Silent joke of the night: The way Tig jauntily flings Gemma's bag over his shoulder when she tells him to take her home.
Exchange of the night:
Piney: (tenderly cupping Opie's face, right where he slugged him) I'm sorry, son.
Opie: I love you, Pop. I'm with you on this.
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The episode opens with the crack of a branch, the sinuous rattle of chains, the shot of Juice's shocked face as he lands on the ground and begins gasping for breath. Since Juice's next act is to throw off the chain, I'm guessing he's changed his mind about the merits of killing himself.
As Juice is struggling to his feet, he hears two bikes approaching. It's Tig and Chibs. Juice goes to meet them -- leaving the chain behind. He lies about having taken a leak in the woods, and Chibs notes that Juice is covered in mulch. He then notes the big chain burn on Juicy's neck, and Juice "laughs" it off with "Oswald, man. He's got these stupid security chains all over these back roads." Tig cackles delightedly: "You clotheslined one? Jackass." Chibs looks a tad more skeptical. The older men break it to Juice that he's needed for vote. "Drugs?" Juice says hopefully. Tig gives him a sharp look and replies, "Change in leadership." As the other guys turn away, we see Juice's smile -- which never reached his eyes anyway -- fall into dismay.
At the Teller-Knowles house, a knock on the door wakes up a sleeping Rat. He checks the door (rifle in hand) and freezes in front of it. Tara comes over; it's obviously morning, and she's in the middle of Thomas's wake-up routine. She checks the peephole in the door, and then whispers to Rat that he needs to hole up in the back room, well out of sight. Tara opens the door to Roosevelt, who smoothly apologizes to Tara for the hour, then explains that Margaret called the sheriff's office and turned over a copy of the note. Roosevelt holds it up and blandly notes, "She's convinced you did receive a death threat." Thomas picks this moment to cutely burrow into Tara's shoulder; she pats his back and stares blankly at the sheriff.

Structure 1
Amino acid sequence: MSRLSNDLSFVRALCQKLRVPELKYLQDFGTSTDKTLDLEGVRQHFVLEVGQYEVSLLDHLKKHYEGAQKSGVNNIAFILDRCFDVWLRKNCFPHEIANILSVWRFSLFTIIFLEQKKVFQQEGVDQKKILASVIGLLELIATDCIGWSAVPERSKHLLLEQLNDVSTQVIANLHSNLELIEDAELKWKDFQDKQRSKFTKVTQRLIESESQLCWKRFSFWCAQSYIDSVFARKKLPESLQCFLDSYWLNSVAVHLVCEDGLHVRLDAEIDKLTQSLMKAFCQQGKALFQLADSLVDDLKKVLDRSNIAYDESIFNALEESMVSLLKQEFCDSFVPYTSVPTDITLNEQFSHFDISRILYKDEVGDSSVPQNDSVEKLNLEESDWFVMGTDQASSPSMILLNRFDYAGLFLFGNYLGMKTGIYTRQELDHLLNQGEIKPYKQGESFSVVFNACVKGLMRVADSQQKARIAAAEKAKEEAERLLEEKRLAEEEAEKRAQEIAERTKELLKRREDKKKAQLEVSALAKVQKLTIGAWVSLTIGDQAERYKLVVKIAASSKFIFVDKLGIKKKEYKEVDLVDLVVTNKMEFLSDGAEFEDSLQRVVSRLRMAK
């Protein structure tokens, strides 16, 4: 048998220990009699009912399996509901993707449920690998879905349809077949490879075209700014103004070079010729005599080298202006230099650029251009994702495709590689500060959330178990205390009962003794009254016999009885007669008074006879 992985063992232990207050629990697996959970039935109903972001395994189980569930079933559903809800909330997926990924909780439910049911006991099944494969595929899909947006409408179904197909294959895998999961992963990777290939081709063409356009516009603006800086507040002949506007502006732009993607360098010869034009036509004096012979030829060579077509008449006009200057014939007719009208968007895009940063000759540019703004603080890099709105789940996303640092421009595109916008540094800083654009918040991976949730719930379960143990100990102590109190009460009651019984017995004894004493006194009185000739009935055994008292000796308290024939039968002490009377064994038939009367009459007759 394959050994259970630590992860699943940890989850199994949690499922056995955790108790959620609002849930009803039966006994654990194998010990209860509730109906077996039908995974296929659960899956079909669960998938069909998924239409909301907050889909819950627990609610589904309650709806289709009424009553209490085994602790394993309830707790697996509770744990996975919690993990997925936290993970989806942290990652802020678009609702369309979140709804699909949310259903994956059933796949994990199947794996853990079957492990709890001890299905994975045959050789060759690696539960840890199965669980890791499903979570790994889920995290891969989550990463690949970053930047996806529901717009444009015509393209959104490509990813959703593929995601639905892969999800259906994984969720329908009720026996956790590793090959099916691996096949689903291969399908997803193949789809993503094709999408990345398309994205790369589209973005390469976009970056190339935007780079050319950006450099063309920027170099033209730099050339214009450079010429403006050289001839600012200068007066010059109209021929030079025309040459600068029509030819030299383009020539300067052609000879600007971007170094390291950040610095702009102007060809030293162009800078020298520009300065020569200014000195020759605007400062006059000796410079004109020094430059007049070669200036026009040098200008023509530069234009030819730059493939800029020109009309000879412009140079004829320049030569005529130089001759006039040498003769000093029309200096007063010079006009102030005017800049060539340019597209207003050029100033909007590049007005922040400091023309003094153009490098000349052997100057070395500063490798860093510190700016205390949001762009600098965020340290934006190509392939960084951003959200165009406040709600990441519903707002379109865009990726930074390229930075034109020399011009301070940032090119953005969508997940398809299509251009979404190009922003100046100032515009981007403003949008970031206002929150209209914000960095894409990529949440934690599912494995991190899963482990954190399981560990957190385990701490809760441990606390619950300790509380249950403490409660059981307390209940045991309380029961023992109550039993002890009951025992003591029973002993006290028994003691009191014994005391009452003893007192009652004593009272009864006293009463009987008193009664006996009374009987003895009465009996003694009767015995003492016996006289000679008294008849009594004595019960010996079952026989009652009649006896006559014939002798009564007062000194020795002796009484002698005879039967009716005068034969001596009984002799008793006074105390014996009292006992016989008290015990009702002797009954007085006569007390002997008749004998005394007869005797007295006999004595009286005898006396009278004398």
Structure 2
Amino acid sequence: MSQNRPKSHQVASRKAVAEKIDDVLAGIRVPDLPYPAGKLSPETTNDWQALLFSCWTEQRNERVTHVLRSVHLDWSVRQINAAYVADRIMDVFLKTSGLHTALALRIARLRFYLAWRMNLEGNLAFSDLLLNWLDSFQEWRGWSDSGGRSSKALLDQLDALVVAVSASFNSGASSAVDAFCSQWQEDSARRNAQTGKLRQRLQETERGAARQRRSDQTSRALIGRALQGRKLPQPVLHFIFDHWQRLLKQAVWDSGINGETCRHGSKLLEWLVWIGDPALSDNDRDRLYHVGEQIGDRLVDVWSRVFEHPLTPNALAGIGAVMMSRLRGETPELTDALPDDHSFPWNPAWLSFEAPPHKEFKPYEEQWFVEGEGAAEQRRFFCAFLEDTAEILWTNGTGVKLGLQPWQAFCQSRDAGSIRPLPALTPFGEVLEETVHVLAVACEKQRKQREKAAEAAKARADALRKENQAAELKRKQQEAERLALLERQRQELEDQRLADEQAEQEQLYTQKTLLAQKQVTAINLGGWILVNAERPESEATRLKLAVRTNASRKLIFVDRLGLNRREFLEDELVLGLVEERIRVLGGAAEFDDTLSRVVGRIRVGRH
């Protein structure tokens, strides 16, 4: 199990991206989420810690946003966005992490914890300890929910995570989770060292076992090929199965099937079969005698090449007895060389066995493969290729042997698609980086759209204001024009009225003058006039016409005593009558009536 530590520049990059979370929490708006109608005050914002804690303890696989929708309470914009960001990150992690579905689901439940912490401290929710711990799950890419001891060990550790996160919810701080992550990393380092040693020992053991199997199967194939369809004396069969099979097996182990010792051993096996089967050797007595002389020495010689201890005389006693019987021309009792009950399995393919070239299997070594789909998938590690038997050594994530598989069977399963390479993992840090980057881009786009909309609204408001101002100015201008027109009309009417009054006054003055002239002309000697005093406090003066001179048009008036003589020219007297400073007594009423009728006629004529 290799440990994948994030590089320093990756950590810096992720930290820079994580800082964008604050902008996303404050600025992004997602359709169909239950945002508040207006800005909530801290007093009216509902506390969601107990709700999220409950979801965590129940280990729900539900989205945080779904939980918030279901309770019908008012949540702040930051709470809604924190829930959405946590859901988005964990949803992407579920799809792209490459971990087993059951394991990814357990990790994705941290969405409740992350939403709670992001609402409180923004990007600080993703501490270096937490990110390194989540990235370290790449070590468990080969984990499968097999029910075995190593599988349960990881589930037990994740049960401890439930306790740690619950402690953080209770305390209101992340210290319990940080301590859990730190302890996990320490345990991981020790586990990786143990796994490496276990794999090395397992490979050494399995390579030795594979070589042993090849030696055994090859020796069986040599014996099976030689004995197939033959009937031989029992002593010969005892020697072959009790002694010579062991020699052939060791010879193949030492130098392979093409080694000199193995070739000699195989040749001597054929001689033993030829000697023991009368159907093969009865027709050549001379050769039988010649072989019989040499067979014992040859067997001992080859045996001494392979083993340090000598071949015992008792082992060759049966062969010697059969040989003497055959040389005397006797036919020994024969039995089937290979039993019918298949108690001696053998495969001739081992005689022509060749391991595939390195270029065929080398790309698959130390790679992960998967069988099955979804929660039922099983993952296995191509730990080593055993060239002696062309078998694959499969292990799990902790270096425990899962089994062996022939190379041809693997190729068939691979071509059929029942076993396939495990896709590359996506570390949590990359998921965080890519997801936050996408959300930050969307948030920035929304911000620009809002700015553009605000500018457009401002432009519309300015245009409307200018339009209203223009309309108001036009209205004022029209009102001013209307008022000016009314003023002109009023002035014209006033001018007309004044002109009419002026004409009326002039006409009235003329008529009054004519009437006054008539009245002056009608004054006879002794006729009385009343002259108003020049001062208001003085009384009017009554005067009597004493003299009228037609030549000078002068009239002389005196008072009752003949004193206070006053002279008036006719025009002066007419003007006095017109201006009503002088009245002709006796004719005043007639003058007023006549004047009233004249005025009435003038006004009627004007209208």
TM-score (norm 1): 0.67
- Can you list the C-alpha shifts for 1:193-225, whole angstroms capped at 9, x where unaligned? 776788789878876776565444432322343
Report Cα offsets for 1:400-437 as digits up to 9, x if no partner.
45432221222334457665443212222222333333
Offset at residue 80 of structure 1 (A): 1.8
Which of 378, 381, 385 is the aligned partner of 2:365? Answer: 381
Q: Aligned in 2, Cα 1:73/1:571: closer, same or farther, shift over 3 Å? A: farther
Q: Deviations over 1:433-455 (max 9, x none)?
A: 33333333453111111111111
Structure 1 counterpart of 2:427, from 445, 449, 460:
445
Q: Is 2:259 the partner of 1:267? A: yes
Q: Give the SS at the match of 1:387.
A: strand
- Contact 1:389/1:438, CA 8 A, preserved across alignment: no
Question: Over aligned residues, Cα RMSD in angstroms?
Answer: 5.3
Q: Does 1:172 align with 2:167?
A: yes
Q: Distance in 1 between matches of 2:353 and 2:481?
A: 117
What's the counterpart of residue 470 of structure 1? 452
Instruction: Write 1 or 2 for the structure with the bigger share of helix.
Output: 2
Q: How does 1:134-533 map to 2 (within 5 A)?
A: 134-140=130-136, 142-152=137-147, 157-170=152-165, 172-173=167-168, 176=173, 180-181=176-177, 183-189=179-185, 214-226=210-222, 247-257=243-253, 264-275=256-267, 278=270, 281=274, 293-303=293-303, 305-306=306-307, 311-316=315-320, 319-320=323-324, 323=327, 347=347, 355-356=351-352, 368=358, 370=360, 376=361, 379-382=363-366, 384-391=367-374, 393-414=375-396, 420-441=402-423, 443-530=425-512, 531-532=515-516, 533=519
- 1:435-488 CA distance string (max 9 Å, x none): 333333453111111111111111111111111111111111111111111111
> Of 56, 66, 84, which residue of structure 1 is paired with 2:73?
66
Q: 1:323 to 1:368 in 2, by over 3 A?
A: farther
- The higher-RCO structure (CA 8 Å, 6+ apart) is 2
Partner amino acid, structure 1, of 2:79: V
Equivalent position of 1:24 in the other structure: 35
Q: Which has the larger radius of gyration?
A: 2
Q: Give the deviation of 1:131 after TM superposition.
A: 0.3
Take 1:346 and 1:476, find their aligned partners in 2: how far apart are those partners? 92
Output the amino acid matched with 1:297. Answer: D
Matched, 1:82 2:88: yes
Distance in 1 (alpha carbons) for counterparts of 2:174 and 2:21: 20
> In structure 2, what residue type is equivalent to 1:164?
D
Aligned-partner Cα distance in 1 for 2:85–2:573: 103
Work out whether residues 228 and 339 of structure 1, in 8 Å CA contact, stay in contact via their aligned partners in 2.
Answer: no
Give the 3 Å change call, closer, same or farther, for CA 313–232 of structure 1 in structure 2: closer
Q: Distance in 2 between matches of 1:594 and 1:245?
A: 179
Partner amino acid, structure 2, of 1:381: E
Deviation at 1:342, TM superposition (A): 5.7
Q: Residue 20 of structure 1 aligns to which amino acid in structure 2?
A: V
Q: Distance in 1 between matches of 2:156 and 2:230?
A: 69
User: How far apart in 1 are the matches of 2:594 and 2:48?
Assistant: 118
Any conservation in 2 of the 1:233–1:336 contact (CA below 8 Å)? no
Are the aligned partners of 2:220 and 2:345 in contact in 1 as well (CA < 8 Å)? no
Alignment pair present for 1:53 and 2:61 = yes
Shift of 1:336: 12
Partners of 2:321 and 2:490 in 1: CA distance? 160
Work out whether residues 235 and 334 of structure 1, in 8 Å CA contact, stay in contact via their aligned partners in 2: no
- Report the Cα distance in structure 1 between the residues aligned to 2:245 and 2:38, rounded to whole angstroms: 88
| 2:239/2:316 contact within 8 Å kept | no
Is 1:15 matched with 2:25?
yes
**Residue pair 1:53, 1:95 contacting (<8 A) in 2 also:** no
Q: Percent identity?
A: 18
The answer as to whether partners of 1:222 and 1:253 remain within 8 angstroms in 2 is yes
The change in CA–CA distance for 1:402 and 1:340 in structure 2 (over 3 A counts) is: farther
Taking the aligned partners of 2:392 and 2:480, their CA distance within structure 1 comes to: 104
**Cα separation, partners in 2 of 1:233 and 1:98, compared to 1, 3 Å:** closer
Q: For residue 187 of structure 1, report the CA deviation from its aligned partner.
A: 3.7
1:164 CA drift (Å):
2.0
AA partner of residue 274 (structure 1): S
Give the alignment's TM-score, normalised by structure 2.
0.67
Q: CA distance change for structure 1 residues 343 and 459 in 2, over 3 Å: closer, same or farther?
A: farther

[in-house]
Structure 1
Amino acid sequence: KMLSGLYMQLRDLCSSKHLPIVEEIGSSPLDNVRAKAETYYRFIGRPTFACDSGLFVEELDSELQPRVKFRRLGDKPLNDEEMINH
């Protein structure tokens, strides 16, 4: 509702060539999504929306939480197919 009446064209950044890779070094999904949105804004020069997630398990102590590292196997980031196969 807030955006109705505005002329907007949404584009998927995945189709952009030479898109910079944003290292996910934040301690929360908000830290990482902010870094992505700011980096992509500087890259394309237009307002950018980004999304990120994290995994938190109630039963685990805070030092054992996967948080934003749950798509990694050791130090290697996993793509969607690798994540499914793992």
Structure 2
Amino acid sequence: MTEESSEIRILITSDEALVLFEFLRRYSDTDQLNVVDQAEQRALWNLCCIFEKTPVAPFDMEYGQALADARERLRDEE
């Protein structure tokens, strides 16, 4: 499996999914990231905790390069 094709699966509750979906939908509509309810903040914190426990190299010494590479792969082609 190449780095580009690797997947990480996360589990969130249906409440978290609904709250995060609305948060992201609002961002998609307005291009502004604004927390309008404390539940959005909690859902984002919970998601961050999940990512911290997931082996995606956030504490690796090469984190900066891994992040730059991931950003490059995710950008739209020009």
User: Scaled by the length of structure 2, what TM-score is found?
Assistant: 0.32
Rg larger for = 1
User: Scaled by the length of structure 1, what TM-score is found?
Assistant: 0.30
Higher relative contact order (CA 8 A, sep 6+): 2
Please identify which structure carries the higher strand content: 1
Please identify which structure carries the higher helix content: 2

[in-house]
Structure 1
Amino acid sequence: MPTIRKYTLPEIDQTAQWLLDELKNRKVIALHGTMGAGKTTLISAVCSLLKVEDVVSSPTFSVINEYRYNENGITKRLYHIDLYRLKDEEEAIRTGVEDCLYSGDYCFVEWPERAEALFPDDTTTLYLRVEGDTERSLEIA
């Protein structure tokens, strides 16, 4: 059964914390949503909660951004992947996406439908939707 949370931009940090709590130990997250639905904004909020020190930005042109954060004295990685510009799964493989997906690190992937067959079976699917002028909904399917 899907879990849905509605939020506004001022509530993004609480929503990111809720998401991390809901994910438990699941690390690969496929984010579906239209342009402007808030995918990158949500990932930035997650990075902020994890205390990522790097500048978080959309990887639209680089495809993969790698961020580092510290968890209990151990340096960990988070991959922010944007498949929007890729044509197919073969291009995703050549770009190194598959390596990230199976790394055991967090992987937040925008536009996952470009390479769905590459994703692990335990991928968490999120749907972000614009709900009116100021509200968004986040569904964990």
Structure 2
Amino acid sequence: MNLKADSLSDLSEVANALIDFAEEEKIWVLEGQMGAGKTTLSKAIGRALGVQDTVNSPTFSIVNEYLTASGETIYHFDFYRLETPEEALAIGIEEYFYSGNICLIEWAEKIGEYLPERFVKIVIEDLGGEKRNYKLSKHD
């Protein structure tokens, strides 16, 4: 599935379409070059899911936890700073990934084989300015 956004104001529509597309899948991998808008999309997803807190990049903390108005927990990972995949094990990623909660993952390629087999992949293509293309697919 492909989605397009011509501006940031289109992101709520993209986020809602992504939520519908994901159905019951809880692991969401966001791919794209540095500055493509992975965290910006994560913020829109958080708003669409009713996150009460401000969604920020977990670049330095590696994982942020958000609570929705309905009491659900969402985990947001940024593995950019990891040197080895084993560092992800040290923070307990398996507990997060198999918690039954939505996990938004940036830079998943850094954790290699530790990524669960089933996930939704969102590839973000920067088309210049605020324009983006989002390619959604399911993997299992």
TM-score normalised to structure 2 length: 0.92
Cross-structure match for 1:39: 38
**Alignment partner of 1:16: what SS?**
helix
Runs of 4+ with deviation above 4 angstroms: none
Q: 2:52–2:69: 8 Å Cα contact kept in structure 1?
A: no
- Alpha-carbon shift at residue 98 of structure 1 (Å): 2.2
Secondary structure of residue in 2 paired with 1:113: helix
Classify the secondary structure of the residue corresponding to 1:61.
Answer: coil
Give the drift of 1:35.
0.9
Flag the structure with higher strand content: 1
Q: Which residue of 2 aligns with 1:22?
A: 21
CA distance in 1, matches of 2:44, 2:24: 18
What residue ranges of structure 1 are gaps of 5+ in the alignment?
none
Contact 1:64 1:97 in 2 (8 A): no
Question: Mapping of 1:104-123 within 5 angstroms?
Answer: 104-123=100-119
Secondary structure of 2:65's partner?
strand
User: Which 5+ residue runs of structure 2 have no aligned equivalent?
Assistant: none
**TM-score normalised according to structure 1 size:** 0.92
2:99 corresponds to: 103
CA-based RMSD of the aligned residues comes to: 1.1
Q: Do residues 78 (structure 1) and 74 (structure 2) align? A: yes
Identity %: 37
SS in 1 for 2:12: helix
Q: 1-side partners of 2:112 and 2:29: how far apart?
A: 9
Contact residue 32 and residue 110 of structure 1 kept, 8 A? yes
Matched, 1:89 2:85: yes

Then -- zip! -- we're in the kitchen and Tara's explaining that she didn't take the threat seriously. Roosevelt asks, "Then why did the MC post someone here to watch you? There's a bike outside. I'm assuming he's somewhere in the back, armed." Tara gives Roosevelt a flat look and replies, "The answer to that question will require a warrant." Roosevelt shoots back, "You really got it down, don't you?" And just like that, he's let Tara know that there's a line in his mind dividing the criminal underclass from normal civilians, and Tara's just landed on a very specific side of the line. Tara knows this too and tries to scramble back over: "I appreciate your concern, Sheriff --" Roosevelt's not having it: "It's more than concern. It's a legal obligation. So I'm going to post a unit outside, and I'll coordinate with the hospital security." Thomas picks that time to coo, and Roosevelt can't help smiling at him before saying, "It's more than just your safety at stake. But I'm sure you knew that." He leaves Tara standing in her kitchen. With any luck, the good doctor is wondering when her brain broke and she accepted her homicidal mother-in-law as the arbiter of what was best for the kids.